· The times that meetings are scheduled
· Working on weekends
· How you use your break time (e.g. alone, not doing work)
Emotional boundaries refer to how you interact with others and take care of yourself emotionally. These are important to avoid mental exhaustion. This might include:
· Communicating about how you would like to give and receive feedback
· Delegating work if there is too much work being given to you
· Finding balance in your work life to make sure that you are devoting some time to your emotional wellbeing
· Using your vacation time
· How you handle work conflicts with others
· Being comfortable with saying no to others (a hard one for many!)
· Leaving work at work mentally and not taking it home with you
Determine Your Professional Boundaries
Now that you’ve seen the different types of boundaries, determine the boundaries that apply to you in the different categories. Don’t worry about how you will communicate these quite yet. First, it is important for you to work out the details with yourself. Journaling is a great way to process your thoughts and ideas.
Busy professionals often find that maintaining boundaries with themselves is more difficult than setting them with others.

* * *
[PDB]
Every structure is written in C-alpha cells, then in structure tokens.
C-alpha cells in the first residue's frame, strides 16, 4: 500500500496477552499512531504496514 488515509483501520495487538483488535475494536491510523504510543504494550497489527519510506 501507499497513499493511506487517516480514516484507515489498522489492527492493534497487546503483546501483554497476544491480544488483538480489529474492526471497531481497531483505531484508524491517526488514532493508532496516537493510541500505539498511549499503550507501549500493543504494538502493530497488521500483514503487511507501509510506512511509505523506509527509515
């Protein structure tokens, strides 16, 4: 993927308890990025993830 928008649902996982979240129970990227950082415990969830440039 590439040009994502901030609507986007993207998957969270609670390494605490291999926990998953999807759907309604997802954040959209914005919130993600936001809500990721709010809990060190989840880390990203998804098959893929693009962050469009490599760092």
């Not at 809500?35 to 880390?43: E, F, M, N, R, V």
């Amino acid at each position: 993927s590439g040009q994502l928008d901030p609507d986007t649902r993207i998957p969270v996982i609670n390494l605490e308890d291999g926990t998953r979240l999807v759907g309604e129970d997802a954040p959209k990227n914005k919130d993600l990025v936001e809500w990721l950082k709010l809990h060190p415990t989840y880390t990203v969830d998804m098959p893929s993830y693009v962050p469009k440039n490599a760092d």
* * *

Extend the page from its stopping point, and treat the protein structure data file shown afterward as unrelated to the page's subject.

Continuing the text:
Therefore, it is crucial for you to first feel comfortable in the boundaries that you are setting for yourself and the reasons behind it. Maintaining these boundaries with yourself will take practice so you can get the benefits and also enforce them with others.
Once you feel comfortable with these boundaries and have assessed whether they are reasonable given your work environment and expectations of you, then it is important to be able to communicate these boundaries assertively and confidently.
Communicate Your Boundaries Effectively
Once you have decided your boundaries in the different areas, it is important for you to consider how and when you will communicate these.
A common mistake that people make is assuming that other people are familiar with their boundaries. Others are often not familiar with our boundaries, especially if we are establishing new ones.
Therefore, it is very important to have a conversation with the relevant stakeholders at your job so they are aware of your boundaries.
How to Communicate Them